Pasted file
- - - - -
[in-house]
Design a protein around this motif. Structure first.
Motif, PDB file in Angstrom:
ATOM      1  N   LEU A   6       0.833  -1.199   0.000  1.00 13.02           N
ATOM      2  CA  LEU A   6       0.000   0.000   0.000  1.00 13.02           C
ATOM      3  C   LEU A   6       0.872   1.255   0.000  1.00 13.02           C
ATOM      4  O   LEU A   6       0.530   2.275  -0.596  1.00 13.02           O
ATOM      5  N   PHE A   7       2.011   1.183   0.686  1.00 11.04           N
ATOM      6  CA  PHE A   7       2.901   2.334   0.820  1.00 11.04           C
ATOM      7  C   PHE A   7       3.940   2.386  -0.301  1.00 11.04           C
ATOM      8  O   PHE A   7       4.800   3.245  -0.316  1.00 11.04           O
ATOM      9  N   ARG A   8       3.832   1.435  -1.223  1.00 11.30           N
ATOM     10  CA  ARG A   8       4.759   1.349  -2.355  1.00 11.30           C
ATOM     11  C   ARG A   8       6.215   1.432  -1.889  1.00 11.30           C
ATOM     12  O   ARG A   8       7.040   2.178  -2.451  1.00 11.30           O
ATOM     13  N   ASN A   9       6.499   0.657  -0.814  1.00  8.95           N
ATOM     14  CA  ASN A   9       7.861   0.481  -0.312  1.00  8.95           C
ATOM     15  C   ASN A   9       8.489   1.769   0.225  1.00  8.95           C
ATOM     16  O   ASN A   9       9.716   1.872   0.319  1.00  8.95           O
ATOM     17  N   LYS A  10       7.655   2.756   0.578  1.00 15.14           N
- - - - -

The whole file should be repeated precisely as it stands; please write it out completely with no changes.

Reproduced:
[in-house]
Design a protein around this motif. Structure first.
Motif, PDB file in Angstrom:
ATOM      1  N   LEU A   6       0.833  -1.199   0.000  1.00 13.02           N
ATOM      2  CA  LEU A   6       0.000   0.000   0.000  1.00 13.02           C
ATOM      3  C   LEU A   6       0.872   1.255   0.000  1.00 13.02           C
ATOM      4  O   LEU A   6       0.530   2.275  -0.596  1.00 13.02           O
ATOM      5  N   PHE A   7       2.011   1.183   0.686  1.00 11.04           N
ATOM      6  CA  PHE A   7       2.901   2.334   0.820  1.00 11.04           C
ATOM      7  C   PHE A   7       3.940   2.386  -0.301  1.00 11.04           C
ATOM      8  O   PHE A   7       4.800   3.245  -0.316  1.00 11.04           O
ATOM      9  N   ARG A   8       3.832   1.435  -1.223  1.00 11.30           N
ATOM     10  CA  ARG A   8       4.759   1.349  -2.355  1.00 11.30           C
ATOM     11  C   ARG A   8       6.215   1.432  -1.889  1.00 11.30           C
ATOM     12  O   ARG A   8       7.040   2.178  -2.451  1.00 11.30           O
ATOM     13  N   ASN A   9       6.499   0.657  -0.814  1.00  8.95           N
ATOM     14  CA  ASN A   9       7.861   0.481  -0.312  1.00  8.95           C
ATOM     15  C   ASN A   9       8.489   1.769   0.225  1.00  8.95           C
ATOM     16  O   ASN A   9       9.716   1.872   0.319  1.00  8.95           O
ATOM     17  N   LYS A  10       7.655   2.756   0.578  1.00 15.14           N